I became a better creative by looking beyond my own field. Just because I may be right, does not mean that you, or experts in other fields, are wrong.

From what I’ve seen, the great creatives are able to collect the best parts of other aspects of life, other businesses, and connect those dots into something new and beautiful–once they accomplish this, design as a skill just provides the tools and framework for their ideas–the instruments that allow them to make sense of the information they collected.

The idea guides the brush, the brush does not guide the idea.

Creativity is an essential quality which is present in all aspects of our lives. It is in our way of thinking, presenting, building, preaching, and even the little daily chores we do at home. If we are not imaginative and innovative with ourselves, life becomes pretty boring doesn’t it? Being creative helps us stay organized and come up with new ideas and techniques for the work we do. Simple inventions like Snapchat and Facebook wouldn’t have taken place if it wasn’t for the minds that thought out of the box and helped create the world we live in now.

As essential it is to be creative, it shouldn’t come in between professionalism. Studies have shown that proposals that show too much creativity often fail, and that humans are drawn to what’s familiar to them. Despite being original with your content, people tend to sometimes try too hard to achieve something and end up overkilling it. It comes out as a cry for attention, be it by an unemployed candidate or a simple youtuber. People tend to overdo in trying to impress the audience they are approaching.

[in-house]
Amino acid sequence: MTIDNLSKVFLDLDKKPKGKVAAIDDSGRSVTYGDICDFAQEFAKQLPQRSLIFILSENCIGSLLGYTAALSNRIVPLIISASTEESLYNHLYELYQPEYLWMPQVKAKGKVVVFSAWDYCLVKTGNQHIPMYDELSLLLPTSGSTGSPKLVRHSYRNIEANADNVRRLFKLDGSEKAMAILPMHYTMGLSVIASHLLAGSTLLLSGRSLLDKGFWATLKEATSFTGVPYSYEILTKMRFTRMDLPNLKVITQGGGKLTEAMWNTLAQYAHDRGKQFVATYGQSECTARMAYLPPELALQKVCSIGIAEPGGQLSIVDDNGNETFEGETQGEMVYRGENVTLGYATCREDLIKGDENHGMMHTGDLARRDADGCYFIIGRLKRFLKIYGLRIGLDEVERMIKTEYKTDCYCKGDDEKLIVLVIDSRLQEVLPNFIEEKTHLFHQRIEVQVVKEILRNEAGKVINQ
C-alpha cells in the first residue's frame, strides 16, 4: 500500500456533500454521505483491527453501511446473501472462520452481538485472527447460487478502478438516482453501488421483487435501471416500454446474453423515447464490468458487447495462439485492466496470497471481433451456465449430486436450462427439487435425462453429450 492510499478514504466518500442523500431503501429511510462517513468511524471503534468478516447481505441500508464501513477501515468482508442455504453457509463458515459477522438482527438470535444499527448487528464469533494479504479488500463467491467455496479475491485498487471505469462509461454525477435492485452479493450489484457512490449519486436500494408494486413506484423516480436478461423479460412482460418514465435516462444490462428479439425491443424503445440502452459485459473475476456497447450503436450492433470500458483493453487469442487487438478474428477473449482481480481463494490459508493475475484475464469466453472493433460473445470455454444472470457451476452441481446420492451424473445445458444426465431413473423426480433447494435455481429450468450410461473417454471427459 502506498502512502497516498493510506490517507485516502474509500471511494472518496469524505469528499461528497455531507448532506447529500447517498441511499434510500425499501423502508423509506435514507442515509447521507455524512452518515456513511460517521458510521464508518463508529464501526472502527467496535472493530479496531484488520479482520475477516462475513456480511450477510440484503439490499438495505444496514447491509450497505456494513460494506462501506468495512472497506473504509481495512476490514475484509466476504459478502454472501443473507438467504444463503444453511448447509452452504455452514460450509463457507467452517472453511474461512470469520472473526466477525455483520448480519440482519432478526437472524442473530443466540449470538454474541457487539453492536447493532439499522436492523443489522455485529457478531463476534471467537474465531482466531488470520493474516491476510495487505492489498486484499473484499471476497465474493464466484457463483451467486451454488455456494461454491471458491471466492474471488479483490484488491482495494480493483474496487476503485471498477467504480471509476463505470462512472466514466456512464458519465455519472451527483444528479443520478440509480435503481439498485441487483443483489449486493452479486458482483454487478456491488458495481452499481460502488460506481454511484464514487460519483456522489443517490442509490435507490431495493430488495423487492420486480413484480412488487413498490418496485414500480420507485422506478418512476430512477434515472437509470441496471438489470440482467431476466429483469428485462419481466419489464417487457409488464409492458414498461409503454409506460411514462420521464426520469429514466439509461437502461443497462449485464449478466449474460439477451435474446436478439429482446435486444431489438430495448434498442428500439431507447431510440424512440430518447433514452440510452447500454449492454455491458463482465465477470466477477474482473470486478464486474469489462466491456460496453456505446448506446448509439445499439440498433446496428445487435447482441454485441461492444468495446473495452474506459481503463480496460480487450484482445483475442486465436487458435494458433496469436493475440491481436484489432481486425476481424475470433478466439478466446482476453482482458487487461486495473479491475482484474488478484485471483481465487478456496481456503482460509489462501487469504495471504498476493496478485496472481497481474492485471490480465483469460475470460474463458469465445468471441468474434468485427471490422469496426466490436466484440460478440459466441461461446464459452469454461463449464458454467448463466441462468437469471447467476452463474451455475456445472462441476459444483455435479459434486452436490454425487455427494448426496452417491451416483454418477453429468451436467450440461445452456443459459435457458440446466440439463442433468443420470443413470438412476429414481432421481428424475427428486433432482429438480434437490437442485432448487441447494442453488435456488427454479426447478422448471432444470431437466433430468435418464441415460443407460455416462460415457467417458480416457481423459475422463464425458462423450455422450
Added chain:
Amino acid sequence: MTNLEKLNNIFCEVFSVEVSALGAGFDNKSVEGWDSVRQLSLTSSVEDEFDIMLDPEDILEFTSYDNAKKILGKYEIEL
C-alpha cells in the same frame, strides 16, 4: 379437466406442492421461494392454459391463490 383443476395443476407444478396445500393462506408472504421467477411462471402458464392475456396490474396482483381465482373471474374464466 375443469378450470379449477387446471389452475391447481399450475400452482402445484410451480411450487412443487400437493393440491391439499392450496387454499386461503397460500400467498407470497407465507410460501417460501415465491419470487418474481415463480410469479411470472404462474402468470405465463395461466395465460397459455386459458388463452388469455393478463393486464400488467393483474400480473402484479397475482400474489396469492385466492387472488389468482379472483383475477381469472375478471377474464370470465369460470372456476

Less is more

Yes there are expectations for people to bring a unique and different idea on the table in order to be noticeable and inventive, but sometimes less is more. An article printed in Brigham Young University’s school magazine tells of an MBA student who sent his resume to Johnson & Johnson, only to have it returned with the instructions that it “needed to be printed on white paper, mailed unstapled in an 8 ½ x 11 envelope, and could not have fancy printing or graphics, bold, underlines, italics, or small print.” This is a great example which teaches us balance between our creative thinking and knowing how much is too much. In trying to create an impression, overdoing can easily bring down the value of your work.
Know your audience

Know when to demonstrate your abilities and how much. Being too flashy or overly creative for a 9-5 job resume doesn’t really fit in a professional work place, does it? This just ends up portraying an individual who has misplaced priorities, someone who spends too much time amusing themselves with creating a project instead of focusing on putting that project to work in order to achieve its intended result. In industries like graphic design and advertising your resume can be as vibrant and spirited as you want.
Balance

It is all about the right balance between being familiar with your knowledge and being too surprising. It’s not enough to simply come up with the most creative idea you can – you also need to make sure that it contains some familiarity. If an idea is so new that it’s hard to understand and explain, it’s unlikely to be successful.

By |2018-10-09T04:17:33+00:00July 22nd, 2016|Latest Articles|